The U.S. badly needs a comprehensive reform of its federal immigration policies, instead of leaving each state to cope with recent crises on its own, which is what's been happening lately. Since comprehensive reform is dead for 2014, the Obama administration may make a limited gesture toward reform via executive order or regulation that grants undocumented immigrants more leeway to remain in the U.S. and improves border security. If that happens, some Republican opponents may throw up their hands in exasperation with the president, although each side's basic position on these issues isn't dramatically different.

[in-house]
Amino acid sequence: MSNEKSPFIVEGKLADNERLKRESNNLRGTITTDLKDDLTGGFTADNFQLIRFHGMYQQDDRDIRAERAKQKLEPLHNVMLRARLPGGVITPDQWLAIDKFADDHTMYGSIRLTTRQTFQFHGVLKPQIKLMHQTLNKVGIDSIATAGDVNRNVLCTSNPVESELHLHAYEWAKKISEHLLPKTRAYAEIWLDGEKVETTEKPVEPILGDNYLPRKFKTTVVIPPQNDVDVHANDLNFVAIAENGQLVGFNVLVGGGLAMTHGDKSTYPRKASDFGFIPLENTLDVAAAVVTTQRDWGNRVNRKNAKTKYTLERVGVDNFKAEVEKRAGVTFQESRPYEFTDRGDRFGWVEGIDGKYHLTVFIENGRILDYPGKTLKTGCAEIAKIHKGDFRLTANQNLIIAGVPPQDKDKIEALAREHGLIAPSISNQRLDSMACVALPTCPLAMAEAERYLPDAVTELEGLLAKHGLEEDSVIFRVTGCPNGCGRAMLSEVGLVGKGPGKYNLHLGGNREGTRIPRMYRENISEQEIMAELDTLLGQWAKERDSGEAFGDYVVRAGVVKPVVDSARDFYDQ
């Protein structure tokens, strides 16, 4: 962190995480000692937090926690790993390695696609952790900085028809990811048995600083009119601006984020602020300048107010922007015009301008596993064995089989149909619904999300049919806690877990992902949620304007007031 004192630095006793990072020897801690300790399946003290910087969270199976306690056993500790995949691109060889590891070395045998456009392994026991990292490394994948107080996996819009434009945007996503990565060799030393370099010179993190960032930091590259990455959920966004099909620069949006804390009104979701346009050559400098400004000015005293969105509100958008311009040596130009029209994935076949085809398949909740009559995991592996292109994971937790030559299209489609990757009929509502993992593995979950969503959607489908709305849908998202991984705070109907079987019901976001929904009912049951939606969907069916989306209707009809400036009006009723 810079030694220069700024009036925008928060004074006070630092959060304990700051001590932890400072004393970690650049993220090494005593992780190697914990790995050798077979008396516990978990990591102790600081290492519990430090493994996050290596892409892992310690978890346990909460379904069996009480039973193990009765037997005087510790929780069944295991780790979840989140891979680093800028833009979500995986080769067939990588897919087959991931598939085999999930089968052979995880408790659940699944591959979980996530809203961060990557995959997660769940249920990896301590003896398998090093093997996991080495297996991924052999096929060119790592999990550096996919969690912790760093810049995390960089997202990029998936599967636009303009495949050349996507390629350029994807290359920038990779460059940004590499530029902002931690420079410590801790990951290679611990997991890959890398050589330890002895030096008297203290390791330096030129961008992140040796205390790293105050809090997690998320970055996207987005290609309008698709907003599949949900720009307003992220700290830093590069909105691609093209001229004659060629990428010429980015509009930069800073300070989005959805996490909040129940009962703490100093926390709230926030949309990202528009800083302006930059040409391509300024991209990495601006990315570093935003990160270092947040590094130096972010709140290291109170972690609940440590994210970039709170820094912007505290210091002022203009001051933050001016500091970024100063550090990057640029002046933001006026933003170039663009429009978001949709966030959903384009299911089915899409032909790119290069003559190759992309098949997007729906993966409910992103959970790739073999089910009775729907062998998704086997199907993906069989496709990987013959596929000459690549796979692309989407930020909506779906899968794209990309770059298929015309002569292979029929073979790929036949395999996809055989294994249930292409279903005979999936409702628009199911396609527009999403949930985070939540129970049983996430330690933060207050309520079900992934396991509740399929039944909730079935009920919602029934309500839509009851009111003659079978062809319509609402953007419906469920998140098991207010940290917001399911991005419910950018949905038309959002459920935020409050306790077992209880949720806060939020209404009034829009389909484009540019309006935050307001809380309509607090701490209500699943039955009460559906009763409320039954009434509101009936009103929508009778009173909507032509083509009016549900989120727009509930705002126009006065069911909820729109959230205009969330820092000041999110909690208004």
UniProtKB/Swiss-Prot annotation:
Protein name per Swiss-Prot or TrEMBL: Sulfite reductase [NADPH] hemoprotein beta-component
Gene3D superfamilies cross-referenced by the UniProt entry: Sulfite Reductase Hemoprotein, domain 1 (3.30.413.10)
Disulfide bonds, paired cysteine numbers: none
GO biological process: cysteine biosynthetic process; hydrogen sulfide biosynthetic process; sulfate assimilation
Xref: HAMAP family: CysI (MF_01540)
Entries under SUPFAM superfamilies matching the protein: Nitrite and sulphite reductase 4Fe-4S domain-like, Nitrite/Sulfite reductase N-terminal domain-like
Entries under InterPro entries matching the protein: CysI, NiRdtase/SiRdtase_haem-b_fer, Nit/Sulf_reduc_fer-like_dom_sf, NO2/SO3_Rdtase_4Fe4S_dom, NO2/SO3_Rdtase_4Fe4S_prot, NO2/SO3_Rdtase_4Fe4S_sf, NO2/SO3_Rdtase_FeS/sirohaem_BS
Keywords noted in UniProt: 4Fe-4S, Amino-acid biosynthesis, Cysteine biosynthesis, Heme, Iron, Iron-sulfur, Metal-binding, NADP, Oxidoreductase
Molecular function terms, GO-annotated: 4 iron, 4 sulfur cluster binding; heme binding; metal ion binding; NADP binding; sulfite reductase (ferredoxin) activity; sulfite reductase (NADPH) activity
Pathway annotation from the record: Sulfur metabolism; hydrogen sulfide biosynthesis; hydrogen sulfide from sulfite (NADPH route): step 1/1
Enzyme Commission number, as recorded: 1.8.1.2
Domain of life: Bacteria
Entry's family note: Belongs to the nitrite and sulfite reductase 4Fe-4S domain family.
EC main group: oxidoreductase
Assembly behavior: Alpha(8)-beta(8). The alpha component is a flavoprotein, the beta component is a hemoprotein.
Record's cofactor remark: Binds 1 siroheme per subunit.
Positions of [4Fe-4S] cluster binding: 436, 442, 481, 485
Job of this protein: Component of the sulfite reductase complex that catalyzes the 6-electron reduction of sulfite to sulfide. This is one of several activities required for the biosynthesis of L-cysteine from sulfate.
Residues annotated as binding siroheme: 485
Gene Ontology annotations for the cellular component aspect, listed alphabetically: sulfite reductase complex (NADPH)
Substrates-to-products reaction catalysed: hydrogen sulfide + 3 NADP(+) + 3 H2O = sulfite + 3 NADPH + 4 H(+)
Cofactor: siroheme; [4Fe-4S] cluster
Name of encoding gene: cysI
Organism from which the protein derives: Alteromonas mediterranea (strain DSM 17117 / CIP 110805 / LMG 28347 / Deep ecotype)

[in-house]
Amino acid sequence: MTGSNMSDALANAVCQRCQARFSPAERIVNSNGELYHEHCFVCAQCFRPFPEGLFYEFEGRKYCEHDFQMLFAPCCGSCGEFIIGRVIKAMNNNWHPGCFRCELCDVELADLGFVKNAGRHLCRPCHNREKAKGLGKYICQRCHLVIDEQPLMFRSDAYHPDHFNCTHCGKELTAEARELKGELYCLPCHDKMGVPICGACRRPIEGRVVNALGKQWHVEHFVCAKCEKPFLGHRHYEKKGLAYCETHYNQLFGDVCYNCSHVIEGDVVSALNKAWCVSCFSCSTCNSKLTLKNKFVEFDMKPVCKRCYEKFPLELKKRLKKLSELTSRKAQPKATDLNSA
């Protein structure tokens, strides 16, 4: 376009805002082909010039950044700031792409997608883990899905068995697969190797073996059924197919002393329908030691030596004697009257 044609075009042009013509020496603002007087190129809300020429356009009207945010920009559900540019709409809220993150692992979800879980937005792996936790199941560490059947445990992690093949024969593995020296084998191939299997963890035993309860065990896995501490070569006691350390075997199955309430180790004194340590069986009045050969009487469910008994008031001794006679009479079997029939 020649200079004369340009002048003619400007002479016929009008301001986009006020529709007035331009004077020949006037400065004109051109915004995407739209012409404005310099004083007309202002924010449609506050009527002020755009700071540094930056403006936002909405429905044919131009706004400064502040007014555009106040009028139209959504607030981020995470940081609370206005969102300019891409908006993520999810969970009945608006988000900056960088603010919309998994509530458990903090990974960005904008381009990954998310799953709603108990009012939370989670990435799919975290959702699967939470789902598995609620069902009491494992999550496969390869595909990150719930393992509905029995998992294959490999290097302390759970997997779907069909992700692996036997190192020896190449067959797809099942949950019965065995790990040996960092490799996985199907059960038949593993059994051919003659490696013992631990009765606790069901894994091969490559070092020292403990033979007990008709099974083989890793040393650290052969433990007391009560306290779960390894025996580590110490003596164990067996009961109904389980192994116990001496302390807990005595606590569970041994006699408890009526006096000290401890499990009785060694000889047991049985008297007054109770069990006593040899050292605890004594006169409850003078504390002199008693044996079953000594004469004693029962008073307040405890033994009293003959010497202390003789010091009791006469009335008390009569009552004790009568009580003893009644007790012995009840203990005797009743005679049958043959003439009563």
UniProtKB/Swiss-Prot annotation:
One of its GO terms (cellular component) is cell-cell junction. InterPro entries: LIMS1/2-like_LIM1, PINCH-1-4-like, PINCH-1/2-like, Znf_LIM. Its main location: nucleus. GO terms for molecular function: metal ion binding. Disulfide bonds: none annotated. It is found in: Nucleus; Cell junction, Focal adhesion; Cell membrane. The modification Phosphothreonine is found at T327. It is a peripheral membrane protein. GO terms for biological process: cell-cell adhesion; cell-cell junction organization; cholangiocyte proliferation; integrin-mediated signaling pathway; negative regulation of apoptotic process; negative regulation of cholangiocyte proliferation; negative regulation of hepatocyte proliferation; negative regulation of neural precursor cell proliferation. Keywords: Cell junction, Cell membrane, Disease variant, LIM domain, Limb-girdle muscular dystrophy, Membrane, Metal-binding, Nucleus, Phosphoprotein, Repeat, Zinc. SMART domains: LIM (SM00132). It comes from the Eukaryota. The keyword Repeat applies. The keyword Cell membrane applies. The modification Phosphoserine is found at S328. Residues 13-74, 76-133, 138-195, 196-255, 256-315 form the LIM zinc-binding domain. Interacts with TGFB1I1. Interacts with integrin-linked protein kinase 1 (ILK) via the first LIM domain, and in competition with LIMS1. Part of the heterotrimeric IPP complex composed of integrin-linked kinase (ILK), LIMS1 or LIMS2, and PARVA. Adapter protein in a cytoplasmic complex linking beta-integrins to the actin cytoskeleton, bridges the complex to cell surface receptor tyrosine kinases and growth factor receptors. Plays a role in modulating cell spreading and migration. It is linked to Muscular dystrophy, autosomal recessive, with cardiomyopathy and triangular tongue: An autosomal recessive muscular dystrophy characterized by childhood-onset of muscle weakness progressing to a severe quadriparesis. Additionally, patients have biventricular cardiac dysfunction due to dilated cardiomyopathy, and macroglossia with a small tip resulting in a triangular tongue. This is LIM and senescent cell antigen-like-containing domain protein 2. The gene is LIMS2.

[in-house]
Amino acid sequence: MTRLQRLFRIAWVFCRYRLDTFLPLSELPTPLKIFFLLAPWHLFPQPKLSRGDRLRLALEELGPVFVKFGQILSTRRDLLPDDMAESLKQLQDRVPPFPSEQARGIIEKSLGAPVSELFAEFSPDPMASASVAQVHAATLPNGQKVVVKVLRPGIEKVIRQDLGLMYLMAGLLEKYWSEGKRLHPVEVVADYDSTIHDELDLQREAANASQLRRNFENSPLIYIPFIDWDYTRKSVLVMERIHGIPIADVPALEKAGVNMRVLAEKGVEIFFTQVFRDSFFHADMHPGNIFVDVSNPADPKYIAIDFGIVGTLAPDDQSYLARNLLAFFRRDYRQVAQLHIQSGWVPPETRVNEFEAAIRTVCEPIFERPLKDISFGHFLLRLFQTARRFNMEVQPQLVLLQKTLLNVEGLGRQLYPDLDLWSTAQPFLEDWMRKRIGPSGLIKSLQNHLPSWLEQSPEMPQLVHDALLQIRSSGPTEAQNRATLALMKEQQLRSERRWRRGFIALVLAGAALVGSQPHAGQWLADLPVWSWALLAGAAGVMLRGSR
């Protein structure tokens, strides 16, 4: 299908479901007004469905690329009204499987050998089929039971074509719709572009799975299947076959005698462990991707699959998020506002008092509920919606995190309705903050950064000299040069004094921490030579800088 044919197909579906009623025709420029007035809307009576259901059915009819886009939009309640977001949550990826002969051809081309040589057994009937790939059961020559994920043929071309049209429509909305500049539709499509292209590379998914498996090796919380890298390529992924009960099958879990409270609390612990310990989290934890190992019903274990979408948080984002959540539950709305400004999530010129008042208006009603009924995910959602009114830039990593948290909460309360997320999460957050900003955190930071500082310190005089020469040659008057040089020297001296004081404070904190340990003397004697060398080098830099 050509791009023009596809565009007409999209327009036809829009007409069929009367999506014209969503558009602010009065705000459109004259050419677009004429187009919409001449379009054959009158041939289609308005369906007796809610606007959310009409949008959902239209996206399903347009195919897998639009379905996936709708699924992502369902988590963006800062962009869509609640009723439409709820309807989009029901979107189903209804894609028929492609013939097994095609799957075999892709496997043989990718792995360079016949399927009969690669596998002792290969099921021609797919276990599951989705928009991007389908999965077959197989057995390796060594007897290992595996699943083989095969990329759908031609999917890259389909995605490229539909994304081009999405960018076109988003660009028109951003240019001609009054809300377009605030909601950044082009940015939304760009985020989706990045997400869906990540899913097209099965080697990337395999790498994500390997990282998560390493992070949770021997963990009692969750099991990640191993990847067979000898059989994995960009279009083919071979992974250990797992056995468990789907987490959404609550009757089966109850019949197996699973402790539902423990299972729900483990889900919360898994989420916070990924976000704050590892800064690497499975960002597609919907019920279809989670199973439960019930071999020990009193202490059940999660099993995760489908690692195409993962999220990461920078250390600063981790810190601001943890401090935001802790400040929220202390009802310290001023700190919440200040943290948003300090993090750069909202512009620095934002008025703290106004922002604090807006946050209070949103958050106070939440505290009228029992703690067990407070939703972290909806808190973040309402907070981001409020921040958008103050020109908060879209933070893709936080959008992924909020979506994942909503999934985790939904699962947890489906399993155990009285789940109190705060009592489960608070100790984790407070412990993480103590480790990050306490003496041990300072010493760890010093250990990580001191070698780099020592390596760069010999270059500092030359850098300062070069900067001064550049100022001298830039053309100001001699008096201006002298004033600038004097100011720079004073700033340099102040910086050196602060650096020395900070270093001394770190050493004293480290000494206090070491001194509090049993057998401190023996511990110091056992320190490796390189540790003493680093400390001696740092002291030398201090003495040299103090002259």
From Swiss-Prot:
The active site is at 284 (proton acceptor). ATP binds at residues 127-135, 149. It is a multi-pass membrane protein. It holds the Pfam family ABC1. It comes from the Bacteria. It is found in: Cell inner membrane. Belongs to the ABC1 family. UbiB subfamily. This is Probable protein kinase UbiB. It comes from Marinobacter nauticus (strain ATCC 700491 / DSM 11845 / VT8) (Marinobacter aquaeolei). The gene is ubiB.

The trouble with the standoff is that more states are improvising their own immigration solutions. Last year, lawmakers in 45 states and the District of Columbia enacted 437 laws or resolutions related to immigration, up 64% from the 267 adopted in the same period the year before. Luckily, only one out of 10 of those measures had to do with employment. And that's where the concern should be when it comes to any federal reform plan.